Aronmalim is an extinct language of the people who originated in the Aronmim valley. Trade goods from them are widespread and loanwords from Aronmalim are present in many languages including Nyjejualin and Ylialis. This guide focuses on its influence on Nyjejualin.
There are a few records from Okekuslen explorers that indicate the sounds of Aronmalin. Most of the other sources are inventories, sales records, recipes, and other trade records. The Aronmalimaokwi word for their language was Tsɑkø, meaning 'speech', and their word for themselves was Tsaŋgekii, reportedly meaning 'people who speak'. The rest of this guide will use these words.
The Tsaŋgekii came from west of the Nyjejualinaokwi nations between 2000 and 2200 SE and influenced Early Nyjejualin through trade and intermarriage. It is known that it influenced the rise of paucal in Nyjejualin as well as adding some phonemes. For simplicity's sake and to make it easier to compare to Nyjejualin, in its various versions, the orthography is the same as IPA.
(Vowels beside periods are: unrounded . rounded)
The scant records and reconstructions indicate that it had vowel height harmony and minor rounding harmony. All vowels must match in height and a round vowel will be followed by another round vowel, unless seperated by two consonants.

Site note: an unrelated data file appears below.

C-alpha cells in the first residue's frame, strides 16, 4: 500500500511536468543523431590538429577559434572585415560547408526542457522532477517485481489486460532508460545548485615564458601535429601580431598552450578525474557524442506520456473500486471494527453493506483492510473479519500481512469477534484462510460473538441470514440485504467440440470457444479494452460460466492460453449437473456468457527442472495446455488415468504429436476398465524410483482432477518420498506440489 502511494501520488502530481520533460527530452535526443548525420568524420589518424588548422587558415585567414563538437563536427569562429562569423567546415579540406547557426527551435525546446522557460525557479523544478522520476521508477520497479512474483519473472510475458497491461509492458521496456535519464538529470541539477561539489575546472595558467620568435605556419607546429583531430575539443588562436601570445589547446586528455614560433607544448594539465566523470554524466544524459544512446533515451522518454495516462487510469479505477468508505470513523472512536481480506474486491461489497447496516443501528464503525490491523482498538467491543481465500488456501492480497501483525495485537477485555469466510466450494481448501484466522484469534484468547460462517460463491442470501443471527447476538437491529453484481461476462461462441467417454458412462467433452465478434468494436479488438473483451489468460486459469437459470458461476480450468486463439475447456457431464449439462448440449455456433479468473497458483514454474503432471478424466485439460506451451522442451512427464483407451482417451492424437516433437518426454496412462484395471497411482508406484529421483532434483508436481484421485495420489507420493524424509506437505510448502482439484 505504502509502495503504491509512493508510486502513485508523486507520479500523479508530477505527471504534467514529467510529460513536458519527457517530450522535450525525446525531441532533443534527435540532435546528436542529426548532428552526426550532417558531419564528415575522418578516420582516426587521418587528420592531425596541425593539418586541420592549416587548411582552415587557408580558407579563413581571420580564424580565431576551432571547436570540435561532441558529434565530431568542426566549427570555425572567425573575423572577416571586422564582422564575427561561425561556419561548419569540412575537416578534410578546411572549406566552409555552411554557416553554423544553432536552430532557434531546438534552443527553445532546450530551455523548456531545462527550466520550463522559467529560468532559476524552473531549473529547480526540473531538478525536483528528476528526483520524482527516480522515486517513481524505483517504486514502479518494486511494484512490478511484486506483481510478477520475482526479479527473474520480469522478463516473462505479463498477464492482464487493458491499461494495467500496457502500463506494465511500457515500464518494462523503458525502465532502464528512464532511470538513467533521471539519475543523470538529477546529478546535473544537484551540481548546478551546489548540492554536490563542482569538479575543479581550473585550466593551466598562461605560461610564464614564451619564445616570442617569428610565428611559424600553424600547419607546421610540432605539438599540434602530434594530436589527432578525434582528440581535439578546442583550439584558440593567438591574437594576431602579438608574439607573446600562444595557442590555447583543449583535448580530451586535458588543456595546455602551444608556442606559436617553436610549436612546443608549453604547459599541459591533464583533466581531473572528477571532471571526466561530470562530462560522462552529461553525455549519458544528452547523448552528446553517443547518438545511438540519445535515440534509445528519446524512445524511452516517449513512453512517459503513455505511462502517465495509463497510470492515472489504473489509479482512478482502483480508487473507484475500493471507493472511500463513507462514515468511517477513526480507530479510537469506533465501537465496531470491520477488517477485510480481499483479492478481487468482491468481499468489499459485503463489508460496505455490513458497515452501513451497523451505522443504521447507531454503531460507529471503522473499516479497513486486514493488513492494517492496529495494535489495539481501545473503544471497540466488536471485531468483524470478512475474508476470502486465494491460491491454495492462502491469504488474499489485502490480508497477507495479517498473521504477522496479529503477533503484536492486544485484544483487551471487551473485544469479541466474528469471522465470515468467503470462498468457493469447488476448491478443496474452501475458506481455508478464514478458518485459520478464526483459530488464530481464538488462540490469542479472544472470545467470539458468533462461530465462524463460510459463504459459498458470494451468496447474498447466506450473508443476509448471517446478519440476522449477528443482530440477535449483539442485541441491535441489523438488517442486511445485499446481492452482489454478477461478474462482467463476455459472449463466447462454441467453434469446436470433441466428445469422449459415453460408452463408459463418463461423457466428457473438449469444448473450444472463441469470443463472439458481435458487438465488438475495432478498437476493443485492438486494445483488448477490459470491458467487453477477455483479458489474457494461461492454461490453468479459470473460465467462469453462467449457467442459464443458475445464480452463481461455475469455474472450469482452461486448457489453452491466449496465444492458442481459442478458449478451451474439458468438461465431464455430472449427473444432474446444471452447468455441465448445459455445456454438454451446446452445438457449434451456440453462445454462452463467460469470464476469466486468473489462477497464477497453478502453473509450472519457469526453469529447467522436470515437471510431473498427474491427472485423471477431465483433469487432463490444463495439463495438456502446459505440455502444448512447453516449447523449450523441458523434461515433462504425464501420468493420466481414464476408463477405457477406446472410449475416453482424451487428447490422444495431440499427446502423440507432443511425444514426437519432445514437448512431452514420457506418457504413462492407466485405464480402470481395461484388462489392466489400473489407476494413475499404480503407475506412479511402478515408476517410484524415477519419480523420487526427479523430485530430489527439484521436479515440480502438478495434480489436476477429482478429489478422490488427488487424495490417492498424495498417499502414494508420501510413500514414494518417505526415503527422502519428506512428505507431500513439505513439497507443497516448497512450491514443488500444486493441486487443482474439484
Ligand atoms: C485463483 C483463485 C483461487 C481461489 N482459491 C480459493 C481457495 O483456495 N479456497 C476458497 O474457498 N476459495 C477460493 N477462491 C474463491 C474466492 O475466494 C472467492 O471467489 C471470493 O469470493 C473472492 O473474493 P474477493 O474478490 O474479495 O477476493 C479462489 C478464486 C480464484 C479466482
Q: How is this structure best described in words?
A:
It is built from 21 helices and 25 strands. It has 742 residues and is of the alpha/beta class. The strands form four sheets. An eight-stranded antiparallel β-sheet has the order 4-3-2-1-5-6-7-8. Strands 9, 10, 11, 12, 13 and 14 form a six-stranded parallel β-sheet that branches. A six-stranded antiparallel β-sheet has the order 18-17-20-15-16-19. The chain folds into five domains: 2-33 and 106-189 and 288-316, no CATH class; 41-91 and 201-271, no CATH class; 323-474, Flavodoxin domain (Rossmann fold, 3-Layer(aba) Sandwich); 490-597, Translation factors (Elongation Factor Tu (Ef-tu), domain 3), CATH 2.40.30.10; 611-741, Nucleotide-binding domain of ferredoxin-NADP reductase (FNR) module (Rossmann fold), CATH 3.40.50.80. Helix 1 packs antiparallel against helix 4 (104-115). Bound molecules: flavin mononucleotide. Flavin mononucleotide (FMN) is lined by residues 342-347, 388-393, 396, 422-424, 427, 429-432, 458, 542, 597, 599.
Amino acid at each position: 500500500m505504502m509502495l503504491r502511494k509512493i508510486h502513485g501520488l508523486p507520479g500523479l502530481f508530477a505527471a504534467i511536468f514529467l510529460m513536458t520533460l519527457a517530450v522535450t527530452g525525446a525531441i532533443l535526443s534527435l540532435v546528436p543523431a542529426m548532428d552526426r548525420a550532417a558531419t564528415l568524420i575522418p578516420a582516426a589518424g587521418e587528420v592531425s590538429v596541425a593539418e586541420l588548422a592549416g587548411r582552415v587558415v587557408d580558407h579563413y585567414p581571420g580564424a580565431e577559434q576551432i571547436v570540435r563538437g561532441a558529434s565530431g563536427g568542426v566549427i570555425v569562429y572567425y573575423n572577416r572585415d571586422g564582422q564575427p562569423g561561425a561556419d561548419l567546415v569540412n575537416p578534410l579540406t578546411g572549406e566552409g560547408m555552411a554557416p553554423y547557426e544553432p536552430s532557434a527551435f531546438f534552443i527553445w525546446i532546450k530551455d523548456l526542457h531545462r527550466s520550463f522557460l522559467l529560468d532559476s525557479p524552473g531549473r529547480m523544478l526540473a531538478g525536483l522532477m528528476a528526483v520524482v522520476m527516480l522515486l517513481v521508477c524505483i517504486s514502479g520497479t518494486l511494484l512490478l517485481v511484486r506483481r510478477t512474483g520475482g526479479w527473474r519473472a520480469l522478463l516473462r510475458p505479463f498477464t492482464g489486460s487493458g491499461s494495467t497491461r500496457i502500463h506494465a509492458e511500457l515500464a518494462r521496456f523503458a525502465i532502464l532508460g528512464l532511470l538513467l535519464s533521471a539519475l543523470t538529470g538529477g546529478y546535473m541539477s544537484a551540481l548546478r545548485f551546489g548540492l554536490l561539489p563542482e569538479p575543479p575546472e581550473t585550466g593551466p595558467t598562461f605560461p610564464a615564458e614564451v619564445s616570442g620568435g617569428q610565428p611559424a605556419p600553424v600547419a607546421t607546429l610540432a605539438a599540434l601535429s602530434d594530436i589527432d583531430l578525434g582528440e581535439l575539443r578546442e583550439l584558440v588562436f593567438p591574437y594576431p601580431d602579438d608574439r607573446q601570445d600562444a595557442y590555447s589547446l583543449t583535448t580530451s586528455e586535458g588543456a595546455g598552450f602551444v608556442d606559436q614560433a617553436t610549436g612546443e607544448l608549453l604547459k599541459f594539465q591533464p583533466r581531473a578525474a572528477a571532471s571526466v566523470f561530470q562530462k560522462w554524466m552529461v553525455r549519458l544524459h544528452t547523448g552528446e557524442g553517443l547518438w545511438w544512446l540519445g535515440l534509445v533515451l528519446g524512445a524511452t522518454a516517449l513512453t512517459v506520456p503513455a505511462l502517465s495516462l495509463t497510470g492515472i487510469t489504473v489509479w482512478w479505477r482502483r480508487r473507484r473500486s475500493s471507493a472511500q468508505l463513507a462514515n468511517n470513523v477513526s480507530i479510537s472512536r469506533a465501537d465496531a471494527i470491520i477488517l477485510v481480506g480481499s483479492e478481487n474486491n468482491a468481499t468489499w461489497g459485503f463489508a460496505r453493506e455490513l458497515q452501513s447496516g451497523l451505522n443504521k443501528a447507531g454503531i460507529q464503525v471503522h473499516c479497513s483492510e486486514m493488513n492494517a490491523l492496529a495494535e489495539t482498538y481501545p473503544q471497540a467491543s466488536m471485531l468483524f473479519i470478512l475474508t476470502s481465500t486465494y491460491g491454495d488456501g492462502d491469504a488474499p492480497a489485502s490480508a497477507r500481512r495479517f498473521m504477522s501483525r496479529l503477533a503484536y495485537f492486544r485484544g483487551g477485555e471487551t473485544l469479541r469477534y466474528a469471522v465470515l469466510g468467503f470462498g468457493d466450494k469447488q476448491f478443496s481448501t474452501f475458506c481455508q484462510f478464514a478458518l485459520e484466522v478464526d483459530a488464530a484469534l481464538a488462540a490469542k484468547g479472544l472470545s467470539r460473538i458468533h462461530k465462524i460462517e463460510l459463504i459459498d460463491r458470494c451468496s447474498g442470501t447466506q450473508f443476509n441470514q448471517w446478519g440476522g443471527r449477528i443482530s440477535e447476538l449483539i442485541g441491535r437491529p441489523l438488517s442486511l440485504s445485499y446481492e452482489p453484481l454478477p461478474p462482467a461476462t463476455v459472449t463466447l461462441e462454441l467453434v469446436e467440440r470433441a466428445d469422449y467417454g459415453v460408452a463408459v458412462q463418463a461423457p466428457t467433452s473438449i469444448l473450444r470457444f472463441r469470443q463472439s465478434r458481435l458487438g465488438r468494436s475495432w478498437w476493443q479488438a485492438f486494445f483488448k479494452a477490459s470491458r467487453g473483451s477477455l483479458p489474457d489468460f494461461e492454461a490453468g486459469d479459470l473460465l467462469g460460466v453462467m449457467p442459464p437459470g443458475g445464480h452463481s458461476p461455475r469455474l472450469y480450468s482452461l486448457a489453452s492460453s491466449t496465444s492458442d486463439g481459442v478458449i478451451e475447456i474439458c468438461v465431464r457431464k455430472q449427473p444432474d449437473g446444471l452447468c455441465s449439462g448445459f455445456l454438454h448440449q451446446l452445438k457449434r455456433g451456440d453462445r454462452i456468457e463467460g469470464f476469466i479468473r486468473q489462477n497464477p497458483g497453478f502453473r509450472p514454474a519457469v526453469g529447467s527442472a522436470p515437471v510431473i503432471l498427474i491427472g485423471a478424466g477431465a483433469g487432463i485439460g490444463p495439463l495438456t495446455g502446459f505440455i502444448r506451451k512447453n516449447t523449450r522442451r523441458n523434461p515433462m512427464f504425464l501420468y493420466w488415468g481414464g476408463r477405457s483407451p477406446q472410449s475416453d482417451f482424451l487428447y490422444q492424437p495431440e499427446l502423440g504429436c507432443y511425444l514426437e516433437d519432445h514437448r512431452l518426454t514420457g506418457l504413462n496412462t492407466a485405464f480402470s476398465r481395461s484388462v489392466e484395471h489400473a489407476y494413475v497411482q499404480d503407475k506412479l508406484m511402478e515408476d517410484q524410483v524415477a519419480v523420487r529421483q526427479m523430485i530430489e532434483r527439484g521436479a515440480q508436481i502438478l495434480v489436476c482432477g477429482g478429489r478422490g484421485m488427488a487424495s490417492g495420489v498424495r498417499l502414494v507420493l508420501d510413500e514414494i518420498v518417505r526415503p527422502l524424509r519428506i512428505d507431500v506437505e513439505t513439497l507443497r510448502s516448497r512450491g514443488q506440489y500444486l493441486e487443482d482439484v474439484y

It also has long vowels and closing diphthongs.
|starting with e||ei ey||eæ|
|starting with ø||øy|
|starting with o||oy||oø|
|starting with ɯ||ɯi ɯy|
|starting with ɑ||ɑø ɑe ɑæ|
|starting with ɔ||ɔø|
- Stress is on the first syllable
- Word structure = (C)V(V)(C)CV(V)(C)
- Initial = m n p b t ts dz β f r
- stops (p b t d k g), nasals (m n ŋ), liquids (l r), j, or ɣ
- geminated stops (pp bb tt dd kk gg)
- nasals followed by ɣ j or by a stop
- stops followed by a liquid, j, or ɣ
- liquids followed by a stop, nasal, or ɣ
- Final = t d n ts dz r l (coronal)
Velar consonants (k g ɣ ŋ) and the semivowel j only appear medially. The labial fricatives (f β) only appear initially. The only fricative that appears medially is ɣ and no affricates appear medially.
Verbs end in l. Nouns formed from them simply remove the final consonant. To create a verb from a noun, l or el was added, with the needed sound changes.
Paucals were formed by suffixing them if the word ended with a consonant with ɑt for open vowel words and in for closed vowel words, or, by replacing the final vowel, with the needed modifications as shown in the table below.
The rounding of the suffix follows the rules of vowel harmony, thus, for example: (armlet) ojmø → ojmɑt, not *ojmɔt. If a word has neutral vowels except for the final vowel, which would be replaced, the word takes the open suffix, for example: (chest) femɣey → femɣɑt, not *femɣin.
(wheat) milel → milelin,
(pan) fɑkɑæt → fɑkɑætɑt
|consonant (vowel harmony)||-yn||-ɔt||
(leather) ɯmekjøønyn → ɯmekjøønyn,
(basket) tøntoøn → tøntoønɔt
|short vowel (unround)||dɯ → din||dæ → dɑt||(wool) ʣɯirø → ʣɯirin,
(linen) βɑɑkkɑ → βɑɑkkɑt
|short vowel (vowel harmony)||ytɯ → ytyn||ɔtæ → ɔtɔt||(crystal) tøyroymo → tøyroymyn,
(rice) popød → popødɔt
|long vowel (unround)||rii → din||rææ → dɑt||
(mill) mɯytrøbjee → mɯytrøbjin,
(interest) togɑɑmee → togɑɑmɑt